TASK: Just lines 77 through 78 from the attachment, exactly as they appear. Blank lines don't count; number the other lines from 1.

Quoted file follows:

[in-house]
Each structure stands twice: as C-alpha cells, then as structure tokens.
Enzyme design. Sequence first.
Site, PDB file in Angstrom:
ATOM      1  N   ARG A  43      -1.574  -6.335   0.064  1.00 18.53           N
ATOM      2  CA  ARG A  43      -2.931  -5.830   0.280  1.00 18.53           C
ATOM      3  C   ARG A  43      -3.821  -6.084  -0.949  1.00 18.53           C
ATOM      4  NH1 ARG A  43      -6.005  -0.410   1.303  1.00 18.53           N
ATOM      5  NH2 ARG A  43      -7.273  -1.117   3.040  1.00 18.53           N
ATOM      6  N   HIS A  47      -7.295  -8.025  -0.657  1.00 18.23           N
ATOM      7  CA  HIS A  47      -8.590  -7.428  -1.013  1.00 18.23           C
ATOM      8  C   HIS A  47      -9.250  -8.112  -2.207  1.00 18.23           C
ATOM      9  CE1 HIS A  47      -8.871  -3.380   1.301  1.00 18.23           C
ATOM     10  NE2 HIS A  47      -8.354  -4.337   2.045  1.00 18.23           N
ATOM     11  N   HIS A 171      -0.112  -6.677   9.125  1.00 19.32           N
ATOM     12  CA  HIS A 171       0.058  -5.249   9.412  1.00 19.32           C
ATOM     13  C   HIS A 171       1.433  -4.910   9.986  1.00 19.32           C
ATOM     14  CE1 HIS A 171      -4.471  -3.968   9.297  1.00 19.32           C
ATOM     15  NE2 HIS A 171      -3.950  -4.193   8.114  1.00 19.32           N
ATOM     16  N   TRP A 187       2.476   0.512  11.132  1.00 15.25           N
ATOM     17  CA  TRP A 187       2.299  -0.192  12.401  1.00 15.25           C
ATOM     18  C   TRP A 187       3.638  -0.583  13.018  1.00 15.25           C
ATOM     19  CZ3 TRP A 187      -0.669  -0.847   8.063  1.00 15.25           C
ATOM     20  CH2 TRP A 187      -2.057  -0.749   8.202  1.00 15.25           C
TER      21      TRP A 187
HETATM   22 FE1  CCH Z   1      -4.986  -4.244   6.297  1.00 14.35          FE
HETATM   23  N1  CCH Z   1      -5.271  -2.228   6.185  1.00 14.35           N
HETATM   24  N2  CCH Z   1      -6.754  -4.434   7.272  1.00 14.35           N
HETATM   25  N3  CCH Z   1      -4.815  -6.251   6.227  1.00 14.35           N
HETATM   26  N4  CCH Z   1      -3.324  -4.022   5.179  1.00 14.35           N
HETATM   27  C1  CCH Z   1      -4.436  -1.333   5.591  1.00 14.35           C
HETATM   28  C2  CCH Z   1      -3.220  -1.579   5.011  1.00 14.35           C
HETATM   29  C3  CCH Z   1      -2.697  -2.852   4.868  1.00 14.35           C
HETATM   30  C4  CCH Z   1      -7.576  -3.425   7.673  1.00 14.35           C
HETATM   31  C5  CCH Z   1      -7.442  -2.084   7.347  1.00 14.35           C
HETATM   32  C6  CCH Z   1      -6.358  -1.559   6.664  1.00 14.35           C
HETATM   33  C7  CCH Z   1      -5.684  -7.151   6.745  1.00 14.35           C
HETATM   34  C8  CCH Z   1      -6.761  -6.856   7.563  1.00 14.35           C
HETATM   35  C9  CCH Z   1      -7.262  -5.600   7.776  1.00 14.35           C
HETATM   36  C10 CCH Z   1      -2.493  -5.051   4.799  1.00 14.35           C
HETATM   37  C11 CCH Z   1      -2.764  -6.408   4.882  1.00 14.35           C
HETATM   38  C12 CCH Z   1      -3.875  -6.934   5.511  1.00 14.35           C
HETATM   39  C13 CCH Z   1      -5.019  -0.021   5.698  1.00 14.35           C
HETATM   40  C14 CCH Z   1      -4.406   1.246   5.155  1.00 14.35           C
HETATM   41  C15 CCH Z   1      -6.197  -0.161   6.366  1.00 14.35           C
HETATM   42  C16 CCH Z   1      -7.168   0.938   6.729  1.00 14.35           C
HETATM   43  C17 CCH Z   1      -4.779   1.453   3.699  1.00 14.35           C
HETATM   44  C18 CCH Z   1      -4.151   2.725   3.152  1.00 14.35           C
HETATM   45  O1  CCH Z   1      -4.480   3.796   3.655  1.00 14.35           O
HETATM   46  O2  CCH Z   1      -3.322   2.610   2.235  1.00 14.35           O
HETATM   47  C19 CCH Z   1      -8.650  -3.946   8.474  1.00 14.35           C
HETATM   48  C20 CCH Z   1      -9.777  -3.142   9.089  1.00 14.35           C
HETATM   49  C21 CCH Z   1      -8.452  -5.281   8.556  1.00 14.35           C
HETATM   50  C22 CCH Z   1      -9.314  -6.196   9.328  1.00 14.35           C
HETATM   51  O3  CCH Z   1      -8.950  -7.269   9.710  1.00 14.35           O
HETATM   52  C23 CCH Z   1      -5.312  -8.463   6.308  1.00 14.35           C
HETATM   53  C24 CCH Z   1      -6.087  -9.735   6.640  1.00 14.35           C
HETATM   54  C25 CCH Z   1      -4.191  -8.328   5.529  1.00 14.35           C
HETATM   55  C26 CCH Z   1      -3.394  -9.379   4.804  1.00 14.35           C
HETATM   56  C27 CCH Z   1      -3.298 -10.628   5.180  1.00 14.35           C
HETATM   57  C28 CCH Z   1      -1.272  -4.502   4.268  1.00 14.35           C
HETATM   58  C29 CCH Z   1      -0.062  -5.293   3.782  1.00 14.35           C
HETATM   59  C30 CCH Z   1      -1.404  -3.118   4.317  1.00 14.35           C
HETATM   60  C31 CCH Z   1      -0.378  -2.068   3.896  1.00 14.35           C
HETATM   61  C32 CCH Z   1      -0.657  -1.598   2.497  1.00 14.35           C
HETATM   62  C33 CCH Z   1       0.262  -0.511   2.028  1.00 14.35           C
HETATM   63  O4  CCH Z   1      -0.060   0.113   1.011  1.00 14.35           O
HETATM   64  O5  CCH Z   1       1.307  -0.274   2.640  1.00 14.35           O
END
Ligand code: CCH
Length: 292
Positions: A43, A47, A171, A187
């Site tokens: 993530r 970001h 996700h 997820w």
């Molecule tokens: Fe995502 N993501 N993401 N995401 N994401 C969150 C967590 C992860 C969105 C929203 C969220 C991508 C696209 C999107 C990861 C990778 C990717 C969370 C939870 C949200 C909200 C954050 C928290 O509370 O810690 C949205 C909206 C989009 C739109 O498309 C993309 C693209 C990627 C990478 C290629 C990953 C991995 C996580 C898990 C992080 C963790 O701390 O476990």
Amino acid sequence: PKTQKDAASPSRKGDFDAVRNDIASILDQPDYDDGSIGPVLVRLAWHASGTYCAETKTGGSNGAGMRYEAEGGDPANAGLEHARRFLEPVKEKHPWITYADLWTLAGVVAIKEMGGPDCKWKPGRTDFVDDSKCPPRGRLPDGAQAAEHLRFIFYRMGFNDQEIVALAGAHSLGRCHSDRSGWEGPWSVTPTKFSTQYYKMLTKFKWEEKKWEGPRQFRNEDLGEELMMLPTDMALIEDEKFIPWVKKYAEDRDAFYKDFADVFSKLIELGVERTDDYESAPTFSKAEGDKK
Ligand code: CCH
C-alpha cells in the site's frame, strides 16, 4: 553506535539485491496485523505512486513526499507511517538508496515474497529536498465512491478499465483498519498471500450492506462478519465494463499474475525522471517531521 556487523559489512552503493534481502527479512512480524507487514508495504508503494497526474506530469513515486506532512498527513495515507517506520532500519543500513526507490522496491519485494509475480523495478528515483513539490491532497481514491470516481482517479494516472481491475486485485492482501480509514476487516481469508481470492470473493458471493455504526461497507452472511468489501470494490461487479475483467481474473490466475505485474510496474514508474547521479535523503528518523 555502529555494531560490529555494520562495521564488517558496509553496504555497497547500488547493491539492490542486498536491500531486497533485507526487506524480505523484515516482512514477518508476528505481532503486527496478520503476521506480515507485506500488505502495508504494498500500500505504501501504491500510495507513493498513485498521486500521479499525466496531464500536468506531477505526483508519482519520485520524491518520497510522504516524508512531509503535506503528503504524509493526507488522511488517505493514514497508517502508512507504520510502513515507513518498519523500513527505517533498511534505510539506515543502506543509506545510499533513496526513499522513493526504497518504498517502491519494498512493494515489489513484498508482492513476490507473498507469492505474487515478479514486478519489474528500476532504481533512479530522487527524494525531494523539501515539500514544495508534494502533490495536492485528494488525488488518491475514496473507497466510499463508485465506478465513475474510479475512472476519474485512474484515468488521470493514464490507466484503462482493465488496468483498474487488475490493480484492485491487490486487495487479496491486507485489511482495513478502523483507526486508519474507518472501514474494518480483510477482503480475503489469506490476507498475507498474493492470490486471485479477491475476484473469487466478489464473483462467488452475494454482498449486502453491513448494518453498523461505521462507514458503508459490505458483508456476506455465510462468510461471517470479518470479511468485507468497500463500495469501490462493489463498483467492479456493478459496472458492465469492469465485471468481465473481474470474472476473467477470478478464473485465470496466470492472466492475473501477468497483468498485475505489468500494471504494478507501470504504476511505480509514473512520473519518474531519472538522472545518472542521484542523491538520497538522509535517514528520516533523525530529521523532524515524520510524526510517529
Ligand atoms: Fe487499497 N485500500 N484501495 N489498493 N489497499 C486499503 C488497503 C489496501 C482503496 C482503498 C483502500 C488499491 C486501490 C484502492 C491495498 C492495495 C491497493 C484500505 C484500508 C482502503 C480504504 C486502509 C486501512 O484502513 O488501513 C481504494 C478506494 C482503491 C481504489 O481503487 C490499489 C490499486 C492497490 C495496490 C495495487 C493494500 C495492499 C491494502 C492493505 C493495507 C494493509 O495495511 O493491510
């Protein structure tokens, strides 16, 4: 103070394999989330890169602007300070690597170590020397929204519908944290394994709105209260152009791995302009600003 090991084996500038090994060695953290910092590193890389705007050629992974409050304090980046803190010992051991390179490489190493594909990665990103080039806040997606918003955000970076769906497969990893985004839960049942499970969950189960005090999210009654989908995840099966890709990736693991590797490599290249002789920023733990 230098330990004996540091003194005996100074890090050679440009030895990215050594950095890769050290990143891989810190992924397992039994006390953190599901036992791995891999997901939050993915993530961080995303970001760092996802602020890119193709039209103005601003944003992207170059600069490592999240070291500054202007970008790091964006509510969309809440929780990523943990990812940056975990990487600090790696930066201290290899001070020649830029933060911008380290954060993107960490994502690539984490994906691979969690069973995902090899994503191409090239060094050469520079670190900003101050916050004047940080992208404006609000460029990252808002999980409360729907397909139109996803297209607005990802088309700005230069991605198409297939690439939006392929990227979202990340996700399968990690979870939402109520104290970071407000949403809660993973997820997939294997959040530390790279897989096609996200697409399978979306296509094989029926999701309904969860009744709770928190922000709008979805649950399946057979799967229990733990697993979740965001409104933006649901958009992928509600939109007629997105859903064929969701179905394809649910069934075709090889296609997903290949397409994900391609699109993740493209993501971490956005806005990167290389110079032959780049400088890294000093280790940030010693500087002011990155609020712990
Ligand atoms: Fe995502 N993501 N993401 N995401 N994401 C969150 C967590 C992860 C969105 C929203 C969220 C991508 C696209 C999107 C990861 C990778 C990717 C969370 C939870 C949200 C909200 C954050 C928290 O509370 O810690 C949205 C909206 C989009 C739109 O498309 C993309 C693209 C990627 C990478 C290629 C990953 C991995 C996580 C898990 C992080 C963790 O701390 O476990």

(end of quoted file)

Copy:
C-alpha cells in the site's frame, strides 16, 4: 553506535539485491496485523505512486513526499507511517538508496515474497529536498465512491478499465483498519498471500450492506462478519465494463499474475525522471517531521 556487523559489512552503493534481502527479512512480524507487514508495504508503494497526474506530469513515486506532512498527513495515507517506520532500519543500513526507490522496491519485494509475480523495478528515483513539490491532497481514491470516481482517479494516472481491475486485485492482501480509514476487516481469508481470492470473493458471493455504526461497507452472511468489501470494490461487479475483467481474473490466475505485474510496474514508474547521479535523503528518523 555502529555494531560490529555494520562495521564488517558496509553496504555497497547500488547493491539492490542486498536491500531486497533485507526487506524480505523484515516482512514477518508476528505481532503486527496478520503476521506480515507485506500488505502495508504494498500500500505504501501504491500510495507513493498513485498521486500521479499525466496531464500536468506531477505526483508519482519520485520524491518520497510522504516524508512531509503535506503528503504524509493526507488522511488517505493514514497508517502508512507504520510502513515507513518498519523500513527505517533498511534505510539506515543502506543509506545510499533513496526513499522513493526504497518504498517502491519494498512493494515489489513484498508482492513476490507473498507469492505474487515478479514486478519489474528500476532504481533512479530522487527524494525531494523539501515539500514544495508534494502533490495536492485528494488525488488518491475514496473507497466510499463508485465506478465513475474510479475512472476519474485512474484515468488521470493514464490507466484503462482493465488496468483498474487488475490493480484492485491487490486487495487479496491486507485489511482495513478502523483507526486508519474507518472501514474494518480483510477482503480475503489469506490476507498475507498474493492470490486471485479477491475476484473469487466478489464473483462467488452475494454482498449486502453491513448494518453498523461505521462507514458503508459490505458483508456476506455465510462468510461471517470479518470479511468485507468497500463500495469501490462493489463498483467492479456493478459496472458492465469492469465485471468481465473481474470474472476473467477470478478464473485465470496466470492472466492475473501477468497483468498485475505489468500494471504494478507501470504504476511505480509514473512520473519518474531519472538522472545518472542521484542523491538520497538522509535517514528520516533523525530529521523532524515524520510524526510517529
Ligand atoms: Fe487499497 N485500500 N484501495 N489498493 N489497499 C486499503 C488497503 C489496501 C482503496 C482503498 C483502500 C488499491 C486501490 C484502492 C491495498 C492495495 C491497493 C484500505 C484500508 C482502503 C480504504 C486502509 C486501512 O484502513 O488501513 C481504494 C478506494 C482503491 C481504489 O481503487 C490499489 C490499486 C492497490 C495496490 C495495487 C493494500 C495492499 C491494502 C492493505 C493495507 C494493509 O495495511 O493491510